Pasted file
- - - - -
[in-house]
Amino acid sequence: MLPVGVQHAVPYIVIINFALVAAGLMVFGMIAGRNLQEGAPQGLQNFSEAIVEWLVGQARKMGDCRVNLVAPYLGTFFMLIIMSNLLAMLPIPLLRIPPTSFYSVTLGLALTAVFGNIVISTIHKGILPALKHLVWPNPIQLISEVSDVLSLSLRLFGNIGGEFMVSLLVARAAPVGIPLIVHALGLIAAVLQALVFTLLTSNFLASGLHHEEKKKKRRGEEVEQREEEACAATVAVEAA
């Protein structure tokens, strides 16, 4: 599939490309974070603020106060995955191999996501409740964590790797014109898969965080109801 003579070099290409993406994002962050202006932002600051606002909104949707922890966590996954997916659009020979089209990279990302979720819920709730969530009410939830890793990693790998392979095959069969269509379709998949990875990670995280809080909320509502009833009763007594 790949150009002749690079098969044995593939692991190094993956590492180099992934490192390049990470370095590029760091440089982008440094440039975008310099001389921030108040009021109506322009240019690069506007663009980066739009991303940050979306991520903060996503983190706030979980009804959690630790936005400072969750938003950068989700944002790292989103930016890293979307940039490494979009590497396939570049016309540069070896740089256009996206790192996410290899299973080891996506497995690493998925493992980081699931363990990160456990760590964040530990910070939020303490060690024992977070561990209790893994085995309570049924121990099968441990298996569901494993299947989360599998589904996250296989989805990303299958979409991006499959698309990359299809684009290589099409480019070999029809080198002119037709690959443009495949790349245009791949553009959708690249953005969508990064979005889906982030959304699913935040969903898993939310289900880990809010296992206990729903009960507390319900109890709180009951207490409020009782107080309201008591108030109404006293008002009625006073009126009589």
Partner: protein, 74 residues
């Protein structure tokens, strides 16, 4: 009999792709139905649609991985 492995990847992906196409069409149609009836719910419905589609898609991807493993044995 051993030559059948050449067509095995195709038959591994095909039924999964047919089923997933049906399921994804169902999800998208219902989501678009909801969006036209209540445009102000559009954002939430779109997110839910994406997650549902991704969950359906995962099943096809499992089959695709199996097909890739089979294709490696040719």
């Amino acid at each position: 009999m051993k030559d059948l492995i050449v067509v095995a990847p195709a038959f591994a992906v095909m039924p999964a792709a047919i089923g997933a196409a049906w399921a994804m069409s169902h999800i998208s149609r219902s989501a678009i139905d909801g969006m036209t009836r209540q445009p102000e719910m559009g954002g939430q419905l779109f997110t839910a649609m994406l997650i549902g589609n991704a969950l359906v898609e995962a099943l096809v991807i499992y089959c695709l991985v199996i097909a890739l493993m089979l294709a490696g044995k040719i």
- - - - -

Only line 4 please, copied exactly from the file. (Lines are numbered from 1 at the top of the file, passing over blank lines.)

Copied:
Partner: protein, 74 residues